Is working from home making us happy?
In our post-pandemic, technologically advanced world, more people employed in the financial services industry are working remotely from home, or have adopted a hybrid model that includes some remote days each week. While there have been several studies and thought leadership pieces debating the pros and cons of working from home when it comes to productivity, what about the impact on mental health? Is one better than the other? As more offices close, what can FS employers do to ensure employees’ mental wellbeing is protected?
Not all social interactions are created equally – particularly when it comes to their benefit on mental health. Research has found that technology-based relations are ultimately less rich than face-to-face interactions. For FS or banking employees working fully remotely, loneliness and a lack of in-person contact can have a detrimental impact on mental health.
Our ability to process facial expressions, non-verbal communication, and connect on a deeper level is far higher when working with colleagues in the same physical space. All of these allow for more sophisticated and meaningful connections with other people, something proven to be vital for mental and emotional wellbeing, and lasting physical health.
More free time
On the other hand, working from home has – for many – freed up time. Whether it's cutting out the morning commute to the office, or reducing time spent getting ready for the day, for many banking employees, there has been a small increase in free time. This can benefit mental health in various ways. For some, it has simply resulted in more sleep, something which is vital for good mental health. For others, it has helped improve their work-life balance and freed up time for activities such as exercise or creativity, which can be beneficial for overall wellbeing.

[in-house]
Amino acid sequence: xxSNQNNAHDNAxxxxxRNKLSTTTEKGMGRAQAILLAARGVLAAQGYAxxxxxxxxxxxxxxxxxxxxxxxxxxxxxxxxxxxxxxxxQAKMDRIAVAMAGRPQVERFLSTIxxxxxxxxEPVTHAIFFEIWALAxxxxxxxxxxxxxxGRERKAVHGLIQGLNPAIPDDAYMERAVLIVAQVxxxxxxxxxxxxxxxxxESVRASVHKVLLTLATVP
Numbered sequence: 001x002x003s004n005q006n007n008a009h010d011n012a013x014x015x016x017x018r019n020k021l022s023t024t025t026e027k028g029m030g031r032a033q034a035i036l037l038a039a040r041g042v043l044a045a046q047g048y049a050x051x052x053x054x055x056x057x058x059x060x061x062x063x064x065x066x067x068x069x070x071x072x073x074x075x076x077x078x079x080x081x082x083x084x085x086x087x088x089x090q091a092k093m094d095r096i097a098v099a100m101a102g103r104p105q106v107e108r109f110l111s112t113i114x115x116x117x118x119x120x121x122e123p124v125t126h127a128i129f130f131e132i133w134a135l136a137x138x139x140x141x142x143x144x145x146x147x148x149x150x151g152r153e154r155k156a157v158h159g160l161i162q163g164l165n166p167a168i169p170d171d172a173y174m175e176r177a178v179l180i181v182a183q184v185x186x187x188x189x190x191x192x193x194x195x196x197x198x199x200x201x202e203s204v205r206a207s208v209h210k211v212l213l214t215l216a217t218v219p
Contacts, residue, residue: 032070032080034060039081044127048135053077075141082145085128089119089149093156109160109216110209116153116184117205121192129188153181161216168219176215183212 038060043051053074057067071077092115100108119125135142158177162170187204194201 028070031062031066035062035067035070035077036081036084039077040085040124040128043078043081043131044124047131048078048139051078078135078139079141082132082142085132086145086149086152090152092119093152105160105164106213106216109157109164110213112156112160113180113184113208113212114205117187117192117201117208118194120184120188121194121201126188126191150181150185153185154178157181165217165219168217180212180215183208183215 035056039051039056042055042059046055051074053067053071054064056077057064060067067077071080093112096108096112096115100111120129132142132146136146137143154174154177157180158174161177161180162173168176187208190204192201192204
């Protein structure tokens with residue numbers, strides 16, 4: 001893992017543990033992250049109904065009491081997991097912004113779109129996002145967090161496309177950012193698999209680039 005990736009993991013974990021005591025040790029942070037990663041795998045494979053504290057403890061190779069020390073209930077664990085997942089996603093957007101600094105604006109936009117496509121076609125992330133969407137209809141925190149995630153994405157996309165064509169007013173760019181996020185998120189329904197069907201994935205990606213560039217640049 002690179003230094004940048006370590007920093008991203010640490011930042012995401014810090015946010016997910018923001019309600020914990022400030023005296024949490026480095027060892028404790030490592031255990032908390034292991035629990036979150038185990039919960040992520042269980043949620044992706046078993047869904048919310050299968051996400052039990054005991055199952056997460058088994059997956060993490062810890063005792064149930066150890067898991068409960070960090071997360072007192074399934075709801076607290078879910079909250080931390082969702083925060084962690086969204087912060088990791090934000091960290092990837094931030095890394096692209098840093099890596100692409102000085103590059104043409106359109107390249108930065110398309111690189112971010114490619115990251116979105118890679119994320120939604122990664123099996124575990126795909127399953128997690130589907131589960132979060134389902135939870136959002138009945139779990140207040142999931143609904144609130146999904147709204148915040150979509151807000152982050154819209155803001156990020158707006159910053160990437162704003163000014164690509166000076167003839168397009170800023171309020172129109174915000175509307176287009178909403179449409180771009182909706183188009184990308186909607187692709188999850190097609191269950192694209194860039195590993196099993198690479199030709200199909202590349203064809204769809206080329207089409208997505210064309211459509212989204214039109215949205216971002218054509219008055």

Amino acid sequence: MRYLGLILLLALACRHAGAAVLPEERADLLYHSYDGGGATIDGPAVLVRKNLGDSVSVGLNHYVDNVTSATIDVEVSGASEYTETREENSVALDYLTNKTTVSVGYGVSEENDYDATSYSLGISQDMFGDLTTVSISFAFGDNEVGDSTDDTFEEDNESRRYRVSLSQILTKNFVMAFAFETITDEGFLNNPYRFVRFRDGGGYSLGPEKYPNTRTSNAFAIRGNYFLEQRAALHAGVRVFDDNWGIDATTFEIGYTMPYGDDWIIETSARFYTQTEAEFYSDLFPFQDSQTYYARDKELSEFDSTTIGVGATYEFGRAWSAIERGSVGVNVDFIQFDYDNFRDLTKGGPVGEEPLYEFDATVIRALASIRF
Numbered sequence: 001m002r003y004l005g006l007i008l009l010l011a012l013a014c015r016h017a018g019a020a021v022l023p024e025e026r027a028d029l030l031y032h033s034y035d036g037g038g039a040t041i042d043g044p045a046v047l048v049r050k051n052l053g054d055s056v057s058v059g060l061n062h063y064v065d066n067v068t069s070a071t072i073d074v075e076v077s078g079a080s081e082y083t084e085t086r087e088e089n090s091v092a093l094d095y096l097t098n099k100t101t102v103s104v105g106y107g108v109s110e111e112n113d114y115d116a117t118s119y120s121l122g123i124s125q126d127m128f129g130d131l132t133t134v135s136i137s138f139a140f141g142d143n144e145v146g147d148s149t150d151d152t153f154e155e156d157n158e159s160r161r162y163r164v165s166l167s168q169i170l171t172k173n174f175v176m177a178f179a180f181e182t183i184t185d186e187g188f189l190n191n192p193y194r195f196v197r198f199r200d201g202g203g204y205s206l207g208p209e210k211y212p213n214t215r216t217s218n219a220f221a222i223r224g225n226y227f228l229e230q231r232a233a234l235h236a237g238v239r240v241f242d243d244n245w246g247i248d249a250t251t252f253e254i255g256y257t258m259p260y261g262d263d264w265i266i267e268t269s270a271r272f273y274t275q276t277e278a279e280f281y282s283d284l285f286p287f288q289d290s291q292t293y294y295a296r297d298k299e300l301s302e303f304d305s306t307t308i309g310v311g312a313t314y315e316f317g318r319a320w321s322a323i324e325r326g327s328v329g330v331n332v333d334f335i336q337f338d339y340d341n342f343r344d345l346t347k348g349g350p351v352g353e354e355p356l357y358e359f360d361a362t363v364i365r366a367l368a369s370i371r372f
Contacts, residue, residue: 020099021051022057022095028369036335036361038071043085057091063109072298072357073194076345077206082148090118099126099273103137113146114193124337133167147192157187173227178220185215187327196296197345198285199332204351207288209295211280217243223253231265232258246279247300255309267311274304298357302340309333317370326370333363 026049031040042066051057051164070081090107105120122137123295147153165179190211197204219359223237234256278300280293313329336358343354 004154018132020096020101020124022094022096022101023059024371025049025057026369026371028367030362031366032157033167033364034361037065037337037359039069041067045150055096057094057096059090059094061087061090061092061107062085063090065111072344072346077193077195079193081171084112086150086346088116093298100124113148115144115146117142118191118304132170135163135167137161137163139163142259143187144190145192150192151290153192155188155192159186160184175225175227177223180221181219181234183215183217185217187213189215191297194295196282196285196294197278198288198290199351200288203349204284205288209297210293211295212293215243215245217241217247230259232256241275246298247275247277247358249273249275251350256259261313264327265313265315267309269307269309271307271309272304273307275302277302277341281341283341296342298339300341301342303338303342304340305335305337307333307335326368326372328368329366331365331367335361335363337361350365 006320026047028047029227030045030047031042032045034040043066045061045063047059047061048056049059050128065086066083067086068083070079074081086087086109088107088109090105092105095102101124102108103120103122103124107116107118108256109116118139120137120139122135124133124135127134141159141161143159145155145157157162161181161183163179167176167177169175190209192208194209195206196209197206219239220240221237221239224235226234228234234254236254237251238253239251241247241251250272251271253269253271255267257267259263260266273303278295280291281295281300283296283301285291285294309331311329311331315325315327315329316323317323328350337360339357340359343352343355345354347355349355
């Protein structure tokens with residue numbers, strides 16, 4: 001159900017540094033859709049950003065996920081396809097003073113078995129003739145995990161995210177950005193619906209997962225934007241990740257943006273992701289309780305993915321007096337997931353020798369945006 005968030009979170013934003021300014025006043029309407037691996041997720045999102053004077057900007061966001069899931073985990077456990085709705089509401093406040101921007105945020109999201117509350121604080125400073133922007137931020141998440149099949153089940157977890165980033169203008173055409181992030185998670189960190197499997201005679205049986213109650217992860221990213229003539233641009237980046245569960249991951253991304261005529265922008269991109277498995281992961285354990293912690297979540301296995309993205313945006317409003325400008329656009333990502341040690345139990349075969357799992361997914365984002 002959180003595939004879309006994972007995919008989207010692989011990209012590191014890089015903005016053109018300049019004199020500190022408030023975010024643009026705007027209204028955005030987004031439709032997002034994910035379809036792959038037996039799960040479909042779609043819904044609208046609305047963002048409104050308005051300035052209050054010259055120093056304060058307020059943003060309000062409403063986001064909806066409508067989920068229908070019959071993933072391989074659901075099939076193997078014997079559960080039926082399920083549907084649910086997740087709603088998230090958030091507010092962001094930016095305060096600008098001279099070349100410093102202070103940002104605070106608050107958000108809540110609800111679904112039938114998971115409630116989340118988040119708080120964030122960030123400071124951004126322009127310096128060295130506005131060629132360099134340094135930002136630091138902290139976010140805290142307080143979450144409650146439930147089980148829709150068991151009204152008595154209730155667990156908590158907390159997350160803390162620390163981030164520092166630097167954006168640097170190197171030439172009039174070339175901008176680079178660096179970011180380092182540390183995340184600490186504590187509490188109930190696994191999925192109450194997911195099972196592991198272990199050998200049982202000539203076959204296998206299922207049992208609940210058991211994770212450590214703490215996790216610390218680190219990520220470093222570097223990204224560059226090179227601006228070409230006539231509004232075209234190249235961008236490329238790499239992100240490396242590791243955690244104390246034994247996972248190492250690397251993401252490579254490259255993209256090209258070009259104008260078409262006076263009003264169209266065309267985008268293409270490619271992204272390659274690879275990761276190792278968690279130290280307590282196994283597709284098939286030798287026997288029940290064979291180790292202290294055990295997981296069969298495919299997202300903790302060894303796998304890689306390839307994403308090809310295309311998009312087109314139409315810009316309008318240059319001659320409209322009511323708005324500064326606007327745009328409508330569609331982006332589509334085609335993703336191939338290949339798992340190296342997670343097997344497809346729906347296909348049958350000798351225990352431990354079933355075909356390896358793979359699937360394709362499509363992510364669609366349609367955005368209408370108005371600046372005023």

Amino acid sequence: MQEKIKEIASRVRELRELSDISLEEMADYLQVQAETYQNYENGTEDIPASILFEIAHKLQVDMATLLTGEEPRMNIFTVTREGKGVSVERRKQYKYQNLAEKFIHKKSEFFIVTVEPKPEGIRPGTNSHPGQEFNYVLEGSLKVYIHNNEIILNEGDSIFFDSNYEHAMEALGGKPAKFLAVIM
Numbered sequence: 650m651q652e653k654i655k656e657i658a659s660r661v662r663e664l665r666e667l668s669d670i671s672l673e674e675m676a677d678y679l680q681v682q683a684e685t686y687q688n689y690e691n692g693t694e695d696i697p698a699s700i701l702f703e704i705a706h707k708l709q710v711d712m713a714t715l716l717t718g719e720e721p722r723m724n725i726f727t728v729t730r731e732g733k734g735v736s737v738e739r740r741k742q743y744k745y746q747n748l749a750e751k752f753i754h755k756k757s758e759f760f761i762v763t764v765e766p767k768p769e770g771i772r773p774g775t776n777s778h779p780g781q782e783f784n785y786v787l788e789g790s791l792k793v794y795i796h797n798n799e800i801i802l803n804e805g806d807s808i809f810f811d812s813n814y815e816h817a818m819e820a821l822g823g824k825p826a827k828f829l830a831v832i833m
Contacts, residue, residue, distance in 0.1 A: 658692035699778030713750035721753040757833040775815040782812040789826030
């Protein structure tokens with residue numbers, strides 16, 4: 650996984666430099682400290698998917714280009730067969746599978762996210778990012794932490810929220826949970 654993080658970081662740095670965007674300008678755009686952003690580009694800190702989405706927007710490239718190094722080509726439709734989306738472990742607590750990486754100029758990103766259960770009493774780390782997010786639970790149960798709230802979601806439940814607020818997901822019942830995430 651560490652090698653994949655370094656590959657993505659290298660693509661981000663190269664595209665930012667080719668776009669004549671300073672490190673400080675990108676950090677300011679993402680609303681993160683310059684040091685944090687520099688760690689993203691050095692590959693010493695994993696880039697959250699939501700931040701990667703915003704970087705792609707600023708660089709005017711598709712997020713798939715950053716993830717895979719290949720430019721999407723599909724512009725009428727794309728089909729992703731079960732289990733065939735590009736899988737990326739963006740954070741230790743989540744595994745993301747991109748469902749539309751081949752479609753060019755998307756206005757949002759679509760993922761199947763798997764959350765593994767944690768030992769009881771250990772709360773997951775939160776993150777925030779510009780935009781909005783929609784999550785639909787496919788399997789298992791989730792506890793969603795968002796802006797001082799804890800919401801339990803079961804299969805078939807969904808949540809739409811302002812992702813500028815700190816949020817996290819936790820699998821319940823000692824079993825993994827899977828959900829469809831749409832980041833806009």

Crucially, for parents or carers, working from home has helped many spend more time with their family – or facilitated easier logistical arrangements, such as collecting children from school. Easing the management of family responsibilities can help reduce stress for many of the FS employees who currently working from home.
Separating work from life
However, this isn’t always the case. One possible benefit of working from the office is the ability to draw a clear distinction between work and home life. Over half of UK employees say that working remotely has led to blurred boundaries between their work and personal life, and the repercussions of this can be working longer hours, heightened stress, feeling pressure to be ‘always available’, and a struggle to switch off and relax.
When it comes to mental ill-health, it has been found that employees who work more than 55 hours a week are at a significantly higher risk of depression and anxiety.
Finally, it is worth considering the impact of remote or home working on productivity, and the subsequent impact this can have on the mental health of FS sector employees. For some, working from home has provided quieter, calmer environments which facilitate higher levels of productivity. For others, the lack of colleagues and accountability has led to struggles with focus and momentum. Those who fall into the latter camp could find they are left with increased levels of stress and unfulfillment as a result.
What is clear is that the relationship between working from home and mental health is person and situation specific. For FS employers with the resources to cater to different preferences and needs, perhaps a tailored approach is more advisable than a one-size-fits-all system, in a bid to protect and nourish the mental wellbeing of their staff.
Visit our Knowledge Hub for more insights into the changing world of work in the FS sector.